Daniel Deronda HTML version

Chapter 3
"Let no flower of the spring pass by us; let us crown ourselves with rosebuds
before they be withered."--BOOK OF WISDOM.
Pity that Offendene was not the home of Miss Harleth's childhood, or endeared to
her by family memories! A human life, I think, should be well rooted in some spot
of a native land, where it may get the love of tender kinship for the face of earth,
for the labors men go forth to, for the sounds and accents that haunt it, for
whatever will give that early home a familiar unmistakable difference amid the
future widening of knowledge: a spot where the definiteness of early memories
may be inwrought with affection, and--kindly acquaintance with all neighbors,
even to the dogs and donkeys, may spread not by sentimental effort and
reflection, but as a sweet habit of the blood. At five years old, mortals are not
prepared to be citizens of the world, to be stimulated by abstract nouns, to soar
above preference into impartiality; and that prejudice in favor of milk with which
we blindly begin, is a type of the way body and soul must get nourished at least
for a time. The best introduction to astronomy is to think of the nightly heavens as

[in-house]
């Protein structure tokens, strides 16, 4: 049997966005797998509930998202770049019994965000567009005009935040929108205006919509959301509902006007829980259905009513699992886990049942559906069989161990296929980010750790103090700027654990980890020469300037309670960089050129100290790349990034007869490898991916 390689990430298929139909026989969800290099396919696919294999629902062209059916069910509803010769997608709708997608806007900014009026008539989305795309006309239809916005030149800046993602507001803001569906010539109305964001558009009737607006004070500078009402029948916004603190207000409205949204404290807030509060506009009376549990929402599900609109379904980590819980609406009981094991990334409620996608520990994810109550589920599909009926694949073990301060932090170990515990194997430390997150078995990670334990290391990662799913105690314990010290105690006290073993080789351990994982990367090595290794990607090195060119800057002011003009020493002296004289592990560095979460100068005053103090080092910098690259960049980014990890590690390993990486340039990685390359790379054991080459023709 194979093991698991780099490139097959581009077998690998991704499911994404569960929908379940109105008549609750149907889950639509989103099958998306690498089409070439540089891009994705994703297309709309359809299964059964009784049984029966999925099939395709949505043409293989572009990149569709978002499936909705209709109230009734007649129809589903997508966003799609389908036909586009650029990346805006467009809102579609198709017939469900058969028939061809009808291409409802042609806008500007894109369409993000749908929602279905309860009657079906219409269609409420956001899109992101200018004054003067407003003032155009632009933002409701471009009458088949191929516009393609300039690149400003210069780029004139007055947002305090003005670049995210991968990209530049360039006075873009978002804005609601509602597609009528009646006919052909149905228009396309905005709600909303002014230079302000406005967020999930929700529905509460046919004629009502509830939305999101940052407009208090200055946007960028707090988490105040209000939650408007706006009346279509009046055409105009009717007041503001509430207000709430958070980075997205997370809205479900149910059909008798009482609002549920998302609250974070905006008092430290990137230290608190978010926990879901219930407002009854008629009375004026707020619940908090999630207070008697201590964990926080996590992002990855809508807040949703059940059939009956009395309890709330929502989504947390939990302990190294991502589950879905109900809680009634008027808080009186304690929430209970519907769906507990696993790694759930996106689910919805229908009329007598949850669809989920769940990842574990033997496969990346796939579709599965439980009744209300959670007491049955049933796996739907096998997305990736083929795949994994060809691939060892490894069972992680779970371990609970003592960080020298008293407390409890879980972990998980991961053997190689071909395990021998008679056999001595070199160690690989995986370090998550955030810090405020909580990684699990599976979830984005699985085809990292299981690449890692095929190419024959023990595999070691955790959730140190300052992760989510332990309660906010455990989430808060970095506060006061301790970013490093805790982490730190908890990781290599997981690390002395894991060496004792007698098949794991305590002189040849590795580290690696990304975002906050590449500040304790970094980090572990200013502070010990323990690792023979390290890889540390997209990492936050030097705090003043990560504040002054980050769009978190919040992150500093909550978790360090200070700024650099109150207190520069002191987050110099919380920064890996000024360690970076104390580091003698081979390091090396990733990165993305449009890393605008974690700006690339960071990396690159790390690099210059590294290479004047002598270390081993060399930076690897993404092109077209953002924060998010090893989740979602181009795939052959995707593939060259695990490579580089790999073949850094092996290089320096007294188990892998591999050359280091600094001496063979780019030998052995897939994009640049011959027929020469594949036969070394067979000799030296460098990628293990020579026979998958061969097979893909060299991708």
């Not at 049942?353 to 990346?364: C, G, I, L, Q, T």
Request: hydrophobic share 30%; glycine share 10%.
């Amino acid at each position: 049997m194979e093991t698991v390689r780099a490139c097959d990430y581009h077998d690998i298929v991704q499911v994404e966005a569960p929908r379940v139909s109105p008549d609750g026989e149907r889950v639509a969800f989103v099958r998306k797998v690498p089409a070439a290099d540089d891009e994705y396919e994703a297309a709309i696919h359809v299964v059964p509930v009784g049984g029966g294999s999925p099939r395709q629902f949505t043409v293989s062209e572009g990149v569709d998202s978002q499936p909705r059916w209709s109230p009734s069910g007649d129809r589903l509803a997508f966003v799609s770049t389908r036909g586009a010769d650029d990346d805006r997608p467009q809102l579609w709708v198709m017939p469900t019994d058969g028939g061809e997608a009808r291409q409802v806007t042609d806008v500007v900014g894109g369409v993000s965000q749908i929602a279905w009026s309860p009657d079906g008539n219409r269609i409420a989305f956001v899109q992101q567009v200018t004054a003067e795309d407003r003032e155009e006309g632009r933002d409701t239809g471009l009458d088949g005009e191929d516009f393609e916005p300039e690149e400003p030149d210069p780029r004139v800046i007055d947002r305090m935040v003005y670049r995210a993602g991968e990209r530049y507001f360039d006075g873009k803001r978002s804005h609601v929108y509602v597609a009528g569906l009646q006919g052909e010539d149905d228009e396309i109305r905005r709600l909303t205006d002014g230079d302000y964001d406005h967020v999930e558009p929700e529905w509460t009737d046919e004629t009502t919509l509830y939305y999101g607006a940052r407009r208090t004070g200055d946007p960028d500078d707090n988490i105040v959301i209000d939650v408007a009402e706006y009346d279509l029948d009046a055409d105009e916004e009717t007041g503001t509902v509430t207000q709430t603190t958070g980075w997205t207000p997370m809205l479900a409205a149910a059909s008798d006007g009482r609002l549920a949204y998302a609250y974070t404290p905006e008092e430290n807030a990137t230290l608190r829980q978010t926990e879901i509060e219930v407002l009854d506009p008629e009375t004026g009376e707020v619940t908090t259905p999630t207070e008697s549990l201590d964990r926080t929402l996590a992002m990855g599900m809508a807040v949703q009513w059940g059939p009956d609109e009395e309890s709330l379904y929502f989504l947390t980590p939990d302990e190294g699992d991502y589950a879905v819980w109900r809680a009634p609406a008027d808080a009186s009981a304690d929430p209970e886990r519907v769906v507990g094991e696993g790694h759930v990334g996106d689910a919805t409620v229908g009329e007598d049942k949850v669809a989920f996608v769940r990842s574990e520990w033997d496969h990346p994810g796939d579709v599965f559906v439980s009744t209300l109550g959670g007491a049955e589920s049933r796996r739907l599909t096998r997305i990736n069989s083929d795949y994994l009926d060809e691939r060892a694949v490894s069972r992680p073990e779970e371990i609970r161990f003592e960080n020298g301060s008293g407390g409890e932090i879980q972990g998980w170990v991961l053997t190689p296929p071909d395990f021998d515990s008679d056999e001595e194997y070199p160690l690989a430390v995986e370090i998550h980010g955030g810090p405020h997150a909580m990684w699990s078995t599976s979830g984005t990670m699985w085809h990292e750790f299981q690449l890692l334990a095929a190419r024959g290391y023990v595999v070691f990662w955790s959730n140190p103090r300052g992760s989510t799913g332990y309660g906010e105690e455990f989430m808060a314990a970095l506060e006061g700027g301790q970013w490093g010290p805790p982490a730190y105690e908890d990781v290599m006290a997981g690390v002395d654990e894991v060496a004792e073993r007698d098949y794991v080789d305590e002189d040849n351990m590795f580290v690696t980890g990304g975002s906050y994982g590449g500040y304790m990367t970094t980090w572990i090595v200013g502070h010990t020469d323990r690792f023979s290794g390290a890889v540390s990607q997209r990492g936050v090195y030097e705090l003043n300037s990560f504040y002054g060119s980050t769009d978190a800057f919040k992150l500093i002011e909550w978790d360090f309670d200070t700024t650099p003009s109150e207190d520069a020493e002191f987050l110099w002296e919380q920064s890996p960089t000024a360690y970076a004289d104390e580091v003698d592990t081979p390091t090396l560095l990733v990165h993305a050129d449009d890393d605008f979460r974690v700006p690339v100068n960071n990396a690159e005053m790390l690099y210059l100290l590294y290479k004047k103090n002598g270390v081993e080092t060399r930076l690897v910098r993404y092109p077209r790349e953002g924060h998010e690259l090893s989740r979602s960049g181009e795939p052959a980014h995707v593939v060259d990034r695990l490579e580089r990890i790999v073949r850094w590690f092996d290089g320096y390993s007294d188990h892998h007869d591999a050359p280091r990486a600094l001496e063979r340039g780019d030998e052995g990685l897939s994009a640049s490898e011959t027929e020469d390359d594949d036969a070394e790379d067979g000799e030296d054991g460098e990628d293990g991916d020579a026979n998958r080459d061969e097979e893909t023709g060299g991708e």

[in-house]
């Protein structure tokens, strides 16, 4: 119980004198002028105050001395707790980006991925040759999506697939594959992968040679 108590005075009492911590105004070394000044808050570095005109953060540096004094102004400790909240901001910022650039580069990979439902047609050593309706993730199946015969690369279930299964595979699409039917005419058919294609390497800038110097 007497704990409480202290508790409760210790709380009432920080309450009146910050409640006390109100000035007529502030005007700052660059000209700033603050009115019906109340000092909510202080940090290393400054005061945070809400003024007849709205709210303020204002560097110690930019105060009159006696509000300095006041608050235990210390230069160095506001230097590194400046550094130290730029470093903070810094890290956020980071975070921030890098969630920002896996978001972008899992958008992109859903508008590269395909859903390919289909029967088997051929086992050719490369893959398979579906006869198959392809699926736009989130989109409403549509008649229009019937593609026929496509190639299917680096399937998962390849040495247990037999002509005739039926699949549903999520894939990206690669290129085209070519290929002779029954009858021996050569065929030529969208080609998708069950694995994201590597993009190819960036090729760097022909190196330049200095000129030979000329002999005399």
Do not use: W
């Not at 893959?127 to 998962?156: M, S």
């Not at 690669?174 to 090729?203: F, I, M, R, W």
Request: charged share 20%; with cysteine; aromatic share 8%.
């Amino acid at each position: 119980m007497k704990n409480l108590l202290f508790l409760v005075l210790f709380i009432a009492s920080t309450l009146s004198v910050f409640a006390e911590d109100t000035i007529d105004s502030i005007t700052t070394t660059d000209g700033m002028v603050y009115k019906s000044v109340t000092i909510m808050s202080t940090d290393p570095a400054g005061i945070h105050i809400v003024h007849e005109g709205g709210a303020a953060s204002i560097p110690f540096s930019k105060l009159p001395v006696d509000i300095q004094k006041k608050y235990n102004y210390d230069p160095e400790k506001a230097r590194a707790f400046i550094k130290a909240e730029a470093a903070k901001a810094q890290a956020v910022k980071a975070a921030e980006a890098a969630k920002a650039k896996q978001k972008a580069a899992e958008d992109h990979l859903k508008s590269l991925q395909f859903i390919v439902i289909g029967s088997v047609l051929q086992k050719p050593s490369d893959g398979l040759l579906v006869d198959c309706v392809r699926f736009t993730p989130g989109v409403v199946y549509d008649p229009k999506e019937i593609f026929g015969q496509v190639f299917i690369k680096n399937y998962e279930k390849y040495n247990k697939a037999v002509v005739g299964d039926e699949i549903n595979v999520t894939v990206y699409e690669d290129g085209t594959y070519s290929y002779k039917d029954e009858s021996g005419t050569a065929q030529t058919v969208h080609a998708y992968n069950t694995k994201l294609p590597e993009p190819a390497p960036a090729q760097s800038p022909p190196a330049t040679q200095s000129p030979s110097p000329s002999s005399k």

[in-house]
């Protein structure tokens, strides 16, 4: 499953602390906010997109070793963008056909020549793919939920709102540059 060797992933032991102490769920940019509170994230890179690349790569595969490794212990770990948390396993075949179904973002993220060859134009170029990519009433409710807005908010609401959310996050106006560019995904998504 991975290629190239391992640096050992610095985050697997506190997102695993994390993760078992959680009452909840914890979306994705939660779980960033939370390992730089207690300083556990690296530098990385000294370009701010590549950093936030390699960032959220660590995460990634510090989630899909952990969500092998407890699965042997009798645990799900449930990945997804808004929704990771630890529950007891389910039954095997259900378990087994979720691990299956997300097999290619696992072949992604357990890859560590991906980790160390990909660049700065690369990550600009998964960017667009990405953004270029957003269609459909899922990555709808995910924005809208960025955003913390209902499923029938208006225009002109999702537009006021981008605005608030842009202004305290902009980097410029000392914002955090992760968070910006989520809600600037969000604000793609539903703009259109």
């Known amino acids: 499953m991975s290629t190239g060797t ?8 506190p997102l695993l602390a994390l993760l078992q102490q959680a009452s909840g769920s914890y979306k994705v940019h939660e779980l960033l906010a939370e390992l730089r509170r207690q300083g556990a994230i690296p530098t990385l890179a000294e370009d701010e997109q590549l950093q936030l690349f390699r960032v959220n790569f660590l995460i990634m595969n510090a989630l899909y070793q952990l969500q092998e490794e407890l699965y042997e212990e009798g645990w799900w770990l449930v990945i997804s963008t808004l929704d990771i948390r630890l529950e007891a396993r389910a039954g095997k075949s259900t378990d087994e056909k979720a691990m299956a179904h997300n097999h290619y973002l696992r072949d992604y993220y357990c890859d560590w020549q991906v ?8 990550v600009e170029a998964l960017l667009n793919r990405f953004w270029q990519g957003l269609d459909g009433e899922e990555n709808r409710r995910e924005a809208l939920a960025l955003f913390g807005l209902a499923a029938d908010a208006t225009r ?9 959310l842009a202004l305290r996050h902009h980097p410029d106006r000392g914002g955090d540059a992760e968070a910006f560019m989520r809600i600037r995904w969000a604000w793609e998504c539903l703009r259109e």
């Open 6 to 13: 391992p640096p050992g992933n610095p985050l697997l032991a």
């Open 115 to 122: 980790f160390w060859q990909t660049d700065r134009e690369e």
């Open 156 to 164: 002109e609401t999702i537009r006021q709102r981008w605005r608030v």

a little lot of stars belonging to one's own homestead.
But this blessed persistence in which affection can take root had been wanting in
Gwendolen's life. It was only a year before her recall from Leubronn that
Offendene had been chosen as her mamma's home, simply for its nearness to
Pennicote Rectory, and that Mrs. Davilow, Gwendolen, and her four half-sisters
(the governess and the maid following in another vehicle) had been driven along
the avenue for the first time, on a late October afternoon when the rooks were
crawing loudly above them, and the yellow elm-leaves were whirling.
The season suited the aspect of the old oblong red-brick house, rather too
anxiously ornamented with stone at every line, not excepting the double row of
narrow windows and the large square portico. The stone encouraged a greenish
lichen, the brick a powdery gray, so that though the building was rigidly
rectangular there was no harshness in the physiognomy which it turned to the
three avenues cut east, west and south in the hundred yards' breadth of old
plantation encircling the immediate grounds. One would have liked the house to
have been lifted on a knoll, so as to look beyond its own little domain to the long
thatched roofs of the distant villages, the church towers, the scattered
homesteads, the gradual rise of surging woods, and the green breadths of
undulating park which made the beautiful face of the earth in that part of Wessex.
But though standing thus behind, a screen amid flat pastures, it had on one side
a glimpse of the wider world in the lofty curves of the chalk downs, grand
steadfast forms played over by the changing days.